The Key to Standardizing Annotation in CAD Files, Part 3: Dimension Styles

By Jennifer DiBona

This month’s article is the third in a series covering the different aspects of CAD standardization regarding annotation. Part 1 (June 2011) explains how to standardize text, and Part 2 (March 2012) explains how to standardize and create new linetypes. This month’s topic, dimension styles, is probably the least understood and most intimidating, but, by the time you finish reading this, you’ll be talking about parent and child styles like a pro!
 

Components of a Standard Dimension

There are several different types of dimension objects that you can create in an AutoCAD or IntelliCAD drawing. Some of them are linear dimensions, aligned dimensions, angular dimensions, radial dimensions, and diameter dimensions. Even though the various types are used to dimension different objects (lines, circles, etc.), all dimension objects have the same general components and can be easily managed using dimension styles.

Before diving into dimension styles, it is helpful to understand the terminology and know the different components of the dimension object itself. Knowing these details makes it much easier to navigate the seemingly endless settings that are available in the Dimension Styles Manager (Figure 1).

Defpoints/Origin: Defpoints (Definition Points) are CAD points and are placed at the origins of the measurement. For instance, in Figure 1 the side of the figure has been dimensioned as 4.0” long. The origin points for the dimension are at the endpoints of one side of the figure. Although they can’t be seen, the defpoints of the dimension object are at each endpoint.

  • Defpoints are nested as part of the dimension object.
  • They reside on layer defpoints (which does not plot).
  • Their size and visibility can be controlled by typing DDPTYPE at the Command: line.
Dimension Line: The dimension line component is made of one or two lines with terminators (arrowheads, tick marks, etc.) on the ends that show the space being measured.

Extension Line: The extension line component is made of one or two lines that run from the origin perpendicular to the dimension line and then beyond the dimension line for a short distance.

Dimension Text: Text that is centered or placed above or below the dimension line.

Arrowheads: The more generic term for this is “terminators”; it is the symbol that is placed at the ends of the dimension line. Rather than arrowheads, you can use architectural ticks, dots, or various other symbols as terminators.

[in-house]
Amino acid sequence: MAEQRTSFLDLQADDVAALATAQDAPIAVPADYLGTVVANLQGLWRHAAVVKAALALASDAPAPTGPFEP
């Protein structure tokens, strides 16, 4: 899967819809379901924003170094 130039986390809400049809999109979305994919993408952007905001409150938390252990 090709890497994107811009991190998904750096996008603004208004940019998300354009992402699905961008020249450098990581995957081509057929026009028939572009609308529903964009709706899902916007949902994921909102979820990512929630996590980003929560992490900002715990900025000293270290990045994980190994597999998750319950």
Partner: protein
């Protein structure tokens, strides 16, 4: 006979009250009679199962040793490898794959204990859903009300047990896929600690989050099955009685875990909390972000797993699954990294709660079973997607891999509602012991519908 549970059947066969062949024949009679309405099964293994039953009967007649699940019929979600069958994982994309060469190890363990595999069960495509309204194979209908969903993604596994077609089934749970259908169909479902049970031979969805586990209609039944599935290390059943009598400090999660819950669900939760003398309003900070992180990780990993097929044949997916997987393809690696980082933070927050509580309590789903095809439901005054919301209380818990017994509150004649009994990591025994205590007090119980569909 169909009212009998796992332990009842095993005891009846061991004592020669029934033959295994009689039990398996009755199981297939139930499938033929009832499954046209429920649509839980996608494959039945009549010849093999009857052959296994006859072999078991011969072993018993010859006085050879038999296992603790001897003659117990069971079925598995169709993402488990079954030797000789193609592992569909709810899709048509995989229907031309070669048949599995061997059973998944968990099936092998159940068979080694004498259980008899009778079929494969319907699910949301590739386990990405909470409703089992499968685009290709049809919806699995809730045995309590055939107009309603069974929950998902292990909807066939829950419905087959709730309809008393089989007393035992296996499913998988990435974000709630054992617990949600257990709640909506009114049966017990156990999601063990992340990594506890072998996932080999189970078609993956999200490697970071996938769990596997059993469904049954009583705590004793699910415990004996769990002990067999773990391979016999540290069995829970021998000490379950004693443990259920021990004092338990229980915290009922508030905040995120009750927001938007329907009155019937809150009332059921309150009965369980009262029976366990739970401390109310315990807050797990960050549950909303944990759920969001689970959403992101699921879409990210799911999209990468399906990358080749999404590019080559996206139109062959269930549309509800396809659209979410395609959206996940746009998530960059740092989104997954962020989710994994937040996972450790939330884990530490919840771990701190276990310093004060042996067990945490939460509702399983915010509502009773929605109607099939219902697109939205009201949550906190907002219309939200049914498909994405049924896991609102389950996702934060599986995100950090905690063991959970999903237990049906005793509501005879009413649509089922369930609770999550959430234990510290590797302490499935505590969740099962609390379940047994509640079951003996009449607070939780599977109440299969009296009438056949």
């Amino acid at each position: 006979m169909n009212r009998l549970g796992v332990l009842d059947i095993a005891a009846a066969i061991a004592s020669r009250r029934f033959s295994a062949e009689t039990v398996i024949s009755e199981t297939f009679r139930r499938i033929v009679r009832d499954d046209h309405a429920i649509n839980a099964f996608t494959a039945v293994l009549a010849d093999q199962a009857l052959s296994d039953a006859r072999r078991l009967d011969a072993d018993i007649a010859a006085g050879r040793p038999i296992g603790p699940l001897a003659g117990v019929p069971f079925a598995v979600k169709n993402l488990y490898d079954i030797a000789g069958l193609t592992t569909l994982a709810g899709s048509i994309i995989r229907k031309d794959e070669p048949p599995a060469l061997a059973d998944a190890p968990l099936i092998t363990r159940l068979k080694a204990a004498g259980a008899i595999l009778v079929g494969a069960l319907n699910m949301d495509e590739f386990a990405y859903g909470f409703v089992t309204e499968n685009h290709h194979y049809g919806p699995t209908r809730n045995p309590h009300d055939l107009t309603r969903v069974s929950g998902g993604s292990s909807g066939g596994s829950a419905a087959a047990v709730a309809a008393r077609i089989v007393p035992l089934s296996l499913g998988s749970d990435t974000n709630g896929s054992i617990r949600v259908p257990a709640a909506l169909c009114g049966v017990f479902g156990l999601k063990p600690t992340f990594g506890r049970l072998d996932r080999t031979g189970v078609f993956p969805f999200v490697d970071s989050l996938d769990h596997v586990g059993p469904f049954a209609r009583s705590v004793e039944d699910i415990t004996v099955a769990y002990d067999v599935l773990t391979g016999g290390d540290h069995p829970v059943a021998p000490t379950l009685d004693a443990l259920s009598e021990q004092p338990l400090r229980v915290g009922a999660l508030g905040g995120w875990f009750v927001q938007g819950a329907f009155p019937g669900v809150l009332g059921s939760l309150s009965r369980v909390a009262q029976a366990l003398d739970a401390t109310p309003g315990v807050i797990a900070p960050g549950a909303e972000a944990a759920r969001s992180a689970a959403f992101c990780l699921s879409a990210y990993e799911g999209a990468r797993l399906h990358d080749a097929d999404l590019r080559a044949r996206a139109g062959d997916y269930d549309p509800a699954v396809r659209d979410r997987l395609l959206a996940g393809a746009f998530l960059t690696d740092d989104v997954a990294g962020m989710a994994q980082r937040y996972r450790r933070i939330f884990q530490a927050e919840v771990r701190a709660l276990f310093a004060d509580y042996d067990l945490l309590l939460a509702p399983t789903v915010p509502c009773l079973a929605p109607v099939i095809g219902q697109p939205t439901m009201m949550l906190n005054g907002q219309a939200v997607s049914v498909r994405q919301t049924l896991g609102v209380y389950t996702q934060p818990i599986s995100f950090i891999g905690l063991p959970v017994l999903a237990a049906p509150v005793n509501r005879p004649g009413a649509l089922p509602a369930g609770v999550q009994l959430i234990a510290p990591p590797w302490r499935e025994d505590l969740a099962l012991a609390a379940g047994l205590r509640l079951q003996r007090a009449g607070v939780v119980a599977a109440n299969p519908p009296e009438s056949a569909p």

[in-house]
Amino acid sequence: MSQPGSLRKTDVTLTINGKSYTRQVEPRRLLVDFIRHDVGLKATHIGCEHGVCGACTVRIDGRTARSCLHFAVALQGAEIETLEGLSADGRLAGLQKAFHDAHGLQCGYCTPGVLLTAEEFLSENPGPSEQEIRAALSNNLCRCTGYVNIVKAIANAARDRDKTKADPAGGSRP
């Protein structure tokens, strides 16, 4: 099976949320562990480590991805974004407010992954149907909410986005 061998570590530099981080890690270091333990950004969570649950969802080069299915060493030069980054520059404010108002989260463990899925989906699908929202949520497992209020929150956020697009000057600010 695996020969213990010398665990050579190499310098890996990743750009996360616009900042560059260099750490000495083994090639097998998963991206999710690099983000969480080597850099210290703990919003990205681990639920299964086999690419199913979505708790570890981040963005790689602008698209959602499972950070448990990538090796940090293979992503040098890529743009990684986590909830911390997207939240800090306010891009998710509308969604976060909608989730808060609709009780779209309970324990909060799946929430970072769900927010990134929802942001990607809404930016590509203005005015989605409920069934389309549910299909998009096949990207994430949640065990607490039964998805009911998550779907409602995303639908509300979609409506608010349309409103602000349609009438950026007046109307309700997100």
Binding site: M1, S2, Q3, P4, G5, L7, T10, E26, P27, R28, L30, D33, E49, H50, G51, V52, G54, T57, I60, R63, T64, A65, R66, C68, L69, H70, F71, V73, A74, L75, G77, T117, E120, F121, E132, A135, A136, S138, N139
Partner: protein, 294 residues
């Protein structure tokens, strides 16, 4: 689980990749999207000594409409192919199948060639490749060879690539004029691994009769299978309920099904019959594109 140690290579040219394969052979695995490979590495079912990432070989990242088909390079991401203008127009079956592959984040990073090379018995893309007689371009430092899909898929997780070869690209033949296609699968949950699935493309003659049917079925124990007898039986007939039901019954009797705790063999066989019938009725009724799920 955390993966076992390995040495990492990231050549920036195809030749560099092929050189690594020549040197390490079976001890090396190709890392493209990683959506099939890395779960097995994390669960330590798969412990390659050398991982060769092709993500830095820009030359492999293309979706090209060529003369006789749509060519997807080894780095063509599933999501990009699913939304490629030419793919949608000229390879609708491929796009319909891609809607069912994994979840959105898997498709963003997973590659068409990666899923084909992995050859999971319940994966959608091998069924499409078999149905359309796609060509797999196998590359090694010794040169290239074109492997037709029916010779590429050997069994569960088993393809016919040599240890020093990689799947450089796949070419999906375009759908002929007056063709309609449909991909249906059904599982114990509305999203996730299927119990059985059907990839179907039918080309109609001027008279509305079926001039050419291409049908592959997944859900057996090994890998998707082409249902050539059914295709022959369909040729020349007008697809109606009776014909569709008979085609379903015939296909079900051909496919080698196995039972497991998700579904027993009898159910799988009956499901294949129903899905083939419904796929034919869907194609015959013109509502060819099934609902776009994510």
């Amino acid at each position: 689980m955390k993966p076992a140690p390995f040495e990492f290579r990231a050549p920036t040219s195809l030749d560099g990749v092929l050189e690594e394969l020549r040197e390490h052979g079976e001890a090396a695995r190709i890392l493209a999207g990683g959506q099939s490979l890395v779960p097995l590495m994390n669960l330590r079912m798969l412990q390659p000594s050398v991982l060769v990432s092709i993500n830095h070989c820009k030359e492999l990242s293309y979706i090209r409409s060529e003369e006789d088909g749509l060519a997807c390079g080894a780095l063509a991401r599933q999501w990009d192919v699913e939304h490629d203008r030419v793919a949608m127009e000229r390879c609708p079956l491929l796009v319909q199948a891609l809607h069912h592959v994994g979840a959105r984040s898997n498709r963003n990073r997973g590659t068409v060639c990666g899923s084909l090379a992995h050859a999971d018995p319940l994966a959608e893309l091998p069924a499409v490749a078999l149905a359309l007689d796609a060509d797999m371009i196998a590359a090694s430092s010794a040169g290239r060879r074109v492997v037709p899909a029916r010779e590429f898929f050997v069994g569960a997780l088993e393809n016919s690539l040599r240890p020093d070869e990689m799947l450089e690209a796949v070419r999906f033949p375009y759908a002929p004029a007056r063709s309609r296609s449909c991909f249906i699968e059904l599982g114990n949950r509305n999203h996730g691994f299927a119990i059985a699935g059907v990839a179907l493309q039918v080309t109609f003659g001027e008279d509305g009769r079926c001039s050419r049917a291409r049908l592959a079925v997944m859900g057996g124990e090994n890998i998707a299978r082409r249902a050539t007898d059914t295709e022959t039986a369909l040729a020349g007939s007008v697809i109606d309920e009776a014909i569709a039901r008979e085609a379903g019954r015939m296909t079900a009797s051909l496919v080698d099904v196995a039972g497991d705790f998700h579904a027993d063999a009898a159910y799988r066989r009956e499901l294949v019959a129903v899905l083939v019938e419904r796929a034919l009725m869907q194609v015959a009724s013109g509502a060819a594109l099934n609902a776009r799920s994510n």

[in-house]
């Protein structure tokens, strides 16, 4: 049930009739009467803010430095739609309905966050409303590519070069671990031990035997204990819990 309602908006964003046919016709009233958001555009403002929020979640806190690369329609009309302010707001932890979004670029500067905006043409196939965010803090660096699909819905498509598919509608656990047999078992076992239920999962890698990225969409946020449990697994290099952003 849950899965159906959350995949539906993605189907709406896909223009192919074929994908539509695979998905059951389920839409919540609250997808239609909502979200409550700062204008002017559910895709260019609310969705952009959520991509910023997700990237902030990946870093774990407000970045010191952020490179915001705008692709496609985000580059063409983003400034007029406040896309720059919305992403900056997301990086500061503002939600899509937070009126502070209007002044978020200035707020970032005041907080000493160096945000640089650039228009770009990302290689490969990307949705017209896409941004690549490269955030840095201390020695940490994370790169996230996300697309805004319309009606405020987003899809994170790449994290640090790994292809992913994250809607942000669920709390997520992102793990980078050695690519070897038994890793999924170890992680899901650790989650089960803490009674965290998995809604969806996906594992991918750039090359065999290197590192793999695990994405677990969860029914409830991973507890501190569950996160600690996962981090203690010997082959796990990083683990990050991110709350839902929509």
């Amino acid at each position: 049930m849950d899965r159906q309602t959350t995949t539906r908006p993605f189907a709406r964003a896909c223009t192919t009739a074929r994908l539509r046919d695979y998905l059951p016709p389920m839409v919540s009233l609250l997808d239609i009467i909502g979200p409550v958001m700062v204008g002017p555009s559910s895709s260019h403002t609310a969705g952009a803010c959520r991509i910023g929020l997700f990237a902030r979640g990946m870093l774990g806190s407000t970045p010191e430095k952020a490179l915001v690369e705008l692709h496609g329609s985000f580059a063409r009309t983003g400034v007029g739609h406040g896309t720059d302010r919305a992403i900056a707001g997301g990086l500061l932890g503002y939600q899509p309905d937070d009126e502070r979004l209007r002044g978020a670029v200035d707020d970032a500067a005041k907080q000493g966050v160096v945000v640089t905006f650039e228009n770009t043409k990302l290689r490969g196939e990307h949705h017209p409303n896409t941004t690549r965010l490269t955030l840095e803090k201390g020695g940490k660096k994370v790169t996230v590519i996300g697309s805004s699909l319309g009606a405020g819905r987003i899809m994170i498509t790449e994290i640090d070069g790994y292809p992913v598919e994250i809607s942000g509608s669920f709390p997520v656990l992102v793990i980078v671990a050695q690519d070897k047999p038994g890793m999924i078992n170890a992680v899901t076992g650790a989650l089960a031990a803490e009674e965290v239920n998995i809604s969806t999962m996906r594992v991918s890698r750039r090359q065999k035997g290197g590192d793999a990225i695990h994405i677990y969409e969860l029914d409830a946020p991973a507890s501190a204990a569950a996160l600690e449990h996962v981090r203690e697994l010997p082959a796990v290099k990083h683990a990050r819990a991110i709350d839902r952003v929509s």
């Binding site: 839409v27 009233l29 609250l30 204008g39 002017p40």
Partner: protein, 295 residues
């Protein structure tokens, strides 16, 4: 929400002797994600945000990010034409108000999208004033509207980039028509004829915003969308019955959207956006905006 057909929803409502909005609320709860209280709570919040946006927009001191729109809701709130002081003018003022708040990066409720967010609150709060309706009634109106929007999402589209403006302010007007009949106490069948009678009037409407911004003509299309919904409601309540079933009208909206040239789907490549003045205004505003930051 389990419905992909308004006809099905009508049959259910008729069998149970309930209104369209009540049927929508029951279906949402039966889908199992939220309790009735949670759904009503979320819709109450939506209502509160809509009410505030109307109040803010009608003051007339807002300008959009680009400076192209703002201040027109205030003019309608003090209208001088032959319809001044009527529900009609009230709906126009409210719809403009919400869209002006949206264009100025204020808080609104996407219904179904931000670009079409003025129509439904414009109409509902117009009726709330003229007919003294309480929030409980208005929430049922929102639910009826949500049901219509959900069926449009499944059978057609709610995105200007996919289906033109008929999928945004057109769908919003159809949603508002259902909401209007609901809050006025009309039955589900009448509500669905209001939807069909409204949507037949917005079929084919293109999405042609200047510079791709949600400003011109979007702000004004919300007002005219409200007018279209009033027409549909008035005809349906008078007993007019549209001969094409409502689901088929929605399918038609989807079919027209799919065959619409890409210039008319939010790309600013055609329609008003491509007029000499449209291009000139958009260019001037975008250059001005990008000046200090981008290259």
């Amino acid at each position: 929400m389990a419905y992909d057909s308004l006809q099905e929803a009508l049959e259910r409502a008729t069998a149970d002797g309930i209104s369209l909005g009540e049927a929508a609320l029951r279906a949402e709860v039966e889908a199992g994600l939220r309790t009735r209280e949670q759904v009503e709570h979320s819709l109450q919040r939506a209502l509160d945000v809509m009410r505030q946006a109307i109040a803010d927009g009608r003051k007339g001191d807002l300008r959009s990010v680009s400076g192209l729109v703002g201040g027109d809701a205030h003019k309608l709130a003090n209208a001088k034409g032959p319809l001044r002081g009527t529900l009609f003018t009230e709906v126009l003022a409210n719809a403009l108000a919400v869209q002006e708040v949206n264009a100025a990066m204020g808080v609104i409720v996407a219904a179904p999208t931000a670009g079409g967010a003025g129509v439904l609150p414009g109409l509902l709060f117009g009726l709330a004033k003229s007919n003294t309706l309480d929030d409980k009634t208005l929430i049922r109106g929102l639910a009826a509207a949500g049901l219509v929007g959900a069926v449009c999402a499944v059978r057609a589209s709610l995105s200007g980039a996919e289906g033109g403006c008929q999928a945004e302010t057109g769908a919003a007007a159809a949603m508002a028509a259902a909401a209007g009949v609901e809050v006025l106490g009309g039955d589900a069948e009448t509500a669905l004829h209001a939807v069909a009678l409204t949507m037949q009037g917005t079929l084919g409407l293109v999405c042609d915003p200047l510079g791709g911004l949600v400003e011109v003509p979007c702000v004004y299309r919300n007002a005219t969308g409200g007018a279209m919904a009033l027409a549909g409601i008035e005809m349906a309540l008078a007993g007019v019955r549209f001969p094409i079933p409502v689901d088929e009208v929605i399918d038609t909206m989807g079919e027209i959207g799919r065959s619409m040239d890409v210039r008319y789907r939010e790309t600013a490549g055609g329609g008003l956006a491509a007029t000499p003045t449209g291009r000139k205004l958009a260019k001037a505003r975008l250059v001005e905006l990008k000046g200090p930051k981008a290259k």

The Dreaded “S” Word: “Scale”

Whether it’s text or linetypes or dimensions, standardizing annotation always comes down to the question of how to develop a standard that works for a 1:1 drawing as well as a 1:100 drawing. Believe it or not, dimensions are one of the easiest to manage regarding scale.

Just as with text and linetypes, the key to standardizing dimensions is getting everything to look and work right at 1:1. You can draw a line on your screen that’s four units long and dimension it with a linear dimension and decide what you like about it and what you don’t.

For instance, maybe the dimension text is positioned in line with the dimension line and you’d prefer it to be above. Or, maybe it is already above the dimension line, but it’s too far above the line for your taste. Maybe the extension lines start too close to the origin points for your liking or extend too far beyond the dimension line.

Once you make the appropriate changes to the dimension style and it is formatted properly, it’s a simple matter to change the scale factor to have it work with other scales. I recommend that you define a custom dimension style for every drawing scale you may need.
 

Parent and Child

Just like text entities, every dimension object added to a drawing is associated with a style. And, again like text, the default dimension style is “STANDARD.”

When you first open the Dimension Style Manager, you can see there are two available styles: annotative and STANDARD. I recommend that you leave the existing dimension styles intact and create a custom one of your own.

Follow the steps below to create a new custom dimension style for a 1:1 scale.
 
  1. Type DDIM to open the Dimension Style Manager.
  2. Left-pick on STANDARD and then pick the New button on the right.
  3. This opens the Create New Dimension Style window.
  4. Enter a “New Style Name.” The style name should indicate that the style is based on scale of 1:1.
  5. The new style should “Start With” the STANDARD style and is to be used for “All Dimensions.”
  6. Pick Continue (Figure 2)
  7. When the Dimension Style Manager pops up, notice that the style you are modifying is TCG_Scale_1.
  8. Switch to the “Fit” tab of the New Dimension Style dialog box and make sure the value for “Scale for dimension features” is set to “Use overall scale of: 1.00.” This means that this dimension style will be used to dimension objects to be plotted at 1:1 (Figure 3).